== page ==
For most of Garry Shandling’s life, his work and Zen practice were one and the same.

“Work is an expression of life, of Zen,” the comedian wrote in his diary. “Do your comedy not for the sake of fame or fortune, but because it is what God does through you. You are merely a vehicle.”

This is the central point of Judd Apatow’s new HBO documentary, “The Zen Diaries of Garry Shandling.” “Zen Diaries” is a sleekly produced show. Clever edits and visualizations breathe life into what could be static fare, such as audio recordings and still images of handwritten notes. Apatow combines interviews with celebrities and friends, home videos, bonus DVD features, recorded phone calls, TV and radio interviews, clips from sitcoms and live stand-up shows, and, of course, fragments from the titular diaries. (“My entire fucking life,” Shandling calls the pile of notebooks.)

But it takes a while before “Zen Diaries” gets around to telling you what is so Zen about Shandling’s life. Part of the delay is due to the documentary’s indulgently long runtime, a two-part series totaling more than four hours of commentary. The other part is Apatow’s seeming lack of familiarity with Shandling’s Buddhist practice.

Apatow bills himself as this generation’s preeminent comedy nerd, setting up his bonafides early in the documentary. As a 16-year-old, he interviewed Shandling for a radio show, overstating his journalistic qualifications to get a chance to speak to his hero. After Apatow got into comedy, Shandling went from icon to mentor. Apatow eventually wrote for Shandling’s most critically acclaimed project, “The Larry Sanders Show,” and even directed some episodes. Moreover, they became lifelong friends.

But while Apatow’s reverence for and knowledge of Shandling is in a class of its own, his understanding of Buddhism appears to be limited.

“It seems like there’s something in Buddhism and that type of thought that lends itself to being solitary,” Apatow muses in voice-over as “Zen Diaries” examines Shandling’s aversion to commitment. “There’s very little in it that’s about connecting and figuring out the dance with another person . . . Your spiritual life [is] not directing you toward partnership; it’s directing you to let go of all attachments.”

Sure, Buddhist practice can be solitary, but many find a sense of community in it; in fact, community is core to it. Besides, a lay practitioner like Shandling would not be beholden to monastic vows—and even ordained Zen priests can get married.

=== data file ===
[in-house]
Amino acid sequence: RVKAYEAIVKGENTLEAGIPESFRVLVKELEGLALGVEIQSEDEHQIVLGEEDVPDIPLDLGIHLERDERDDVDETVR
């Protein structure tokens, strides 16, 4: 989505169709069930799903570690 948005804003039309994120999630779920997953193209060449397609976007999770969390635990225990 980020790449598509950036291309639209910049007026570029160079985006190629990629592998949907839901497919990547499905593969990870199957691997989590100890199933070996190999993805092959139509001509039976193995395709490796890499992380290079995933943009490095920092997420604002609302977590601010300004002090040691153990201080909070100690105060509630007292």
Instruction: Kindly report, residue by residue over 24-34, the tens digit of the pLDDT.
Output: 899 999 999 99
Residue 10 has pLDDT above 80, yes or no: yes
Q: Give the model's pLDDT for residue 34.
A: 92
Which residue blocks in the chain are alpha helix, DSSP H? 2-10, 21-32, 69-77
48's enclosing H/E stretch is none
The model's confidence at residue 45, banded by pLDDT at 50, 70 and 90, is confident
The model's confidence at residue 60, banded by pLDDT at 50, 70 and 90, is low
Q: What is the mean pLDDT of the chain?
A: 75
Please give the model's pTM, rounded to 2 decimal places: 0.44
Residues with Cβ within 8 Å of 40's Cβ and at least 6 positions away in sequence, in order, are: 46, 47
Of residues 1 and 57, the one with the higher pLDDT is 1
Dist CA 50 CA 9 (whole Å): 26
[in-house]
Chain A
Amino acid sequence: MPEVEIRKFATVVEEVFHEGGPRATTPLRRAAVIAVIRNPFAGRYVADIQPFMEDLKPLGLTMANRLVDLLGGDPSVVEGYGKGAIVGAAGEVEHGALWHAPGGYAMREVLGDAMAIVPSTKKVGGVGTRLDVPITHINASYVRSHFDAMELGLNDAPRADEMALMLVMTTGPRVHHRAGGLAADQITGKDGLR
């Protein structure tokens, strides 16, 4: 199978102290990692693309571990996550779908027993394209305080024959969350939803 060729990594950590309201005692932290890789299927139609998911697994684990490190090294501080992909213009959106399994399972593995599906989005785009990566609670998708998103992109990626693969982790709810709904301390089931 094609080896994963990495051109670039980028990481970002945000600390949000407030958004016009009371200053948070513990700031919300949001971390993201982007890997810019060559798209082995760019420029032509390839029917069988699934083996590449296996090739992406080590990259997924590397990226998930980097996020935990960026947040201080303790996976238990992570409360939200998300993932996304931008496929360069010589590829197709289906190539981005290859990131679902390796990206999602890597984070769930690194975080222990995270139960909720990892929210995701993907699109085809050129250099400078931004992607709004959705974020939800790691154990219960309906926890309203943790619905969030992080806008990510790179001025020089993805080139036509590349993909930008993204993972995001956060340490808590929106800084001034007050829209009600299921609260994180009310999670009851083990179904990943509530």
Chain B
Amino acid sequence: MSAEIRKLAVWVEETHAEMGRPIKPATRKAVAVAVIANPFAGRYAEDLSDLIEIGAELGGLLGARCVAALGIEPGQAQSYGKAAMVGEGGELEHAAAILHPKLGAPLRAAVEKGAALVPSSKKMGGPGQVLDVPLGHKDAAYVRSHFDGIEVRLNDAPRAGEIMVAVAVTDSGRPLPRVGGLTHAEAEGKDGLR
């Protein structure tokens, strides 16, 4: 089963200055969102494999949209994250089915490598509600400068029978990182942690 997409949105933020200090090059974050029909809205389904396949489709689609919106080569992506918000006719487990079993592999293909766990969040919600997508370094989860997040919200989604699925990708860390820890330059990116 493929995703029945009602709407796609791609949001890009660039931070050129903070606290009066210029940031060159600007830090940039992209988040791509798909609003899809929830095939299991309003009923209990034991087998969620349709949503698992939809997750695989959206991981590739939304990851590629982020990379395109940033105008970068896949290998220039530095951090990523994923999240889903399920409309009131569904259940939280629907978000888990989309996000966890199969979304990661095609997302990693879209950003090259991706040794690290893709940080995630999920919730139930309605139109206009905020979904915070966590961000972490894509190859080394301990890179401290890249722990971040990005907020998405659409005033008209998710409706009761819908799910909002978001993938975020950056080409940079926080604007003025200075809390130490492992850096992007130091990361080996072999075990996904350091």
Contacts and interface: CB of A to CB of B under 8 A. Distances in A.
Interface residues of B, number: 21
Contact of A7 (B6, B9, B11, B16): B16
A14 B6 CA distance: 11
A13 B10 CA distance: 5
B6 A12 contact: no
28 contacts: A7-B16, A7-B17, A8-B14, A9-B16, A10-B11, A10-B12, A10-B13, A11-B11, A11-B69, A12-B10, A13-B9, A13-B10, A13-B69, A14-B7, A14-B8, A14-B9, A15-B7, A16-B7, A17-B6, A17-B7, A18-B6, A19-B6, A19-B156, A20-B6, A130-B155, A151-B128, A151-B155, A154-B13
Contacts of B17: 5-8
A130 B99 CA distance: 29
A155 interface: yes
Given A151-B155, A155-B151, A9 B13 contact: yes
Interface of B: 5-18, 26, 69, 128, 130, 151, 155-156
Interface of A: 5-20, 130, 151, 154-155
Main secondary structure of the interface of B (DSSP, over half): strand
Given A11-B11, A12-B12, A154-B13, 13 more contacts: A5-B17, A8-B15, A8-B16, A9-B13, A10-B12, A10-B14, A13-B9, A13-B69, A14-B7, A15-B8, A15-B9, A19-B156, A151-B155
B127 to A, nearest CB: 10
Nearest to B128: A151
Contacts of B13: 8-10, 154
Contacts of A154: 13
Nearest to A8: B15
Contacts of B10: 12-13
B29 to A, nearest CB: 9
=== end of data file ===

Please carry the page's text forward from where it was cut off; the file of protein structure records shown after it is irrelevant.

Still, the title alone invites the viewer to consider the whole of Shandling’s life through the lens of his spirituality. And as the story follows his career as a burgeoning stand-up, Shandling begins to develop a Zen-like approach.

“My philosophy is literally just being yourself on stage,” he writes.

This view, that comedic performance is nothing more than stripping away artifice, propels him through his career and eventually leads him to the groundbreakingly honest “Larry Sanders Show.” For Shandling, this is a direct product of meditation.

“I meditate in my life, and I keep my mind clear. And I do that before I go on so that I can just be myself,” he says in his journal.

This approach, however, is aspirational. On the surface, Shandling’s comedy and personality are decidedly non-Zen. He oozes neuroticism, insecurity, and pettiness. Distancing himself from  this aspect of his own personality allows him to satirize it but never totally escape it.

Comedian Sarah Silverman notes, “He turned to Buddhism, but it’s not because he’s Zen. It’s because he was in desperate need of being Zen.”

In his later years, Shandling—who by then had an enso, a circle that symbolizes nothingness in the Zen tradition, tattooed on the back of his neck—appears to finally unite his spiritual and comedic life while abandoning the trappings of ego and success.

“You realize now that comedy is your soul,” he writes. “Maybe your comedy is a natural gift to be given to others with joy to help them through this impossible life.”

Toward the end of the “Zen Diaries,” he writes a meditation-based joke that falls flat in comedy clubs. But a little later on, he ends up chatting with the spiritual teacher Ram Dass and tells the joke again.

“I’ve been meditating for 35 years, so I can meditate until my mind is pretty empty, pretty blank,” Shandling says. “But then there’s no one to blame.”

At this, Ram Dass bursts out laughing.

“Now I realize I have an audience for my meditation material,” Shandling quips.

Ram Dass replies, “Humor is great in spiritual work. It gets you there.”

As the credits roll on “Zen Diaries,” footage from Shandling’s memorial plays. Among the speakers are Apatow, Kevin Nealon, and the Buddhist monk Brother Phap Hai, a follower of Thich Nhat Hanh.

Phap Hai, who is given the final word in the documentary, explains that Shandling joined the Plum Village community two decades earlier. He adds, “In the Zen world, one of the greatest compliments we can give a person is to share that they are a real human being. And Garry was certainly that.”

Even if Apatow is not an expert on Buddhism, he came up in the Garry Shandling school of comedy, which places an emphasis on authenticity and seeing things clearly. This Buddhism-informed approach comes across in Apatow’s films and shows, whether he knows it or not. It’s an honest laying-bare that serves him well in this documentary and gives every aspect of Shandling’s (sometimes petty) life overtones of Zen.

Part 1 of The Zen Diaries of Garry Shandling airs March 26 on HBO. Part 2 airs the following night.

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